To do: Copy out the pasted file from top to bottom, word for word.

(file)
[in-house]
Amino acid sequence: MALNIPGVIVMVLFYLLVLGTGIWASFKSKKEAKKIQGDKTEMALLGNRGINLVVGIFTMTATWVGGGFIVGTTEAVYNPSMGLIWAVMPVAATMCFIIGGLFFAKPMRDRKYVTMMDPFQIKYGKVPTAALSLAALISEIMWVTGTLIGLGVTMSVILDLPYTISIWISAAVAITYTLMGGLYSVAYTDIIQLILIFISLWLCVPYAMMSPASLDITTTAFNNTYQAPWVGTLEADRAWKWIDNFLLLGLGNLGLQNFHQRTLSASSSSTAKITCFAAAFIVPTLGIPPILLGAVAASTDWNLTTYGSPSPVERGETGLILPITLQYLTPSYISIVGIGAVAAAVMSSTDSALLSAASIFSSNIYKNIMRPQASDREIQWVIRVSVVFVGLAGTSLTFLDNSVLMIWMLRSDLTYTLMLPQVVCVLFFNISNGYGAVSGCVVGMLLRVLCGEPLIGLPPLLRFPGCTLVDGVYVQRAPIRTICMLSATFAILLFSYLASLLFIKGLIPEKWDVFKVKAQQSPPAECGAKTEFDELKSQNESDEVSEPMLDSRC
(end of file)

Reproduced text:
[in-house]
Amino acid sequence: MALNIPGVIVMVLFYLLVLGTGIWASFKSKKEAKKIQGDKTEMALLGNRGINLVVGIFTMTATWVGGGFIVGTTEAVYNPSMGLIWAVMPVAATMCFIIGGLFFAKPMRDRKYVTMMDPFQIKYGKVPTAALSLAALISEIMWVTGTLIGLGVTMSVILDLPYTISIWISAAVAITYTLMGGLYSVAYTDIIQLILIFISLWLCVPYAMMSPASLDITTTAFNNTYQAPWVGTLEADRAWKWIDNFLLLGLGNLGLQNFHQRTLSASSSSTAKITCFAAAFIVPTLGIPPILLGAVAASTDWNLTTYGSPSPVERGETGLILPITLQYLTPSYISIVGIGAVAAAVMSSTDSALLSAASIFSSNIYKNIMRPQASDREIQWVIRVSVVFVGLAGTSLTFLDNSVLMIWMLRSDLTYTLMLPQVVCVLFFNISNGYGAVSGCVVGMLLRVLCGEPLIGLPPLLRFPGCTLVDGVYVQRAPIRTICMLSATFAILLFSYLASLLFIKGLIPEKWDVFKVKAQQSPPAECGAKTEFDELKSQNESDEVSEPMLDSRC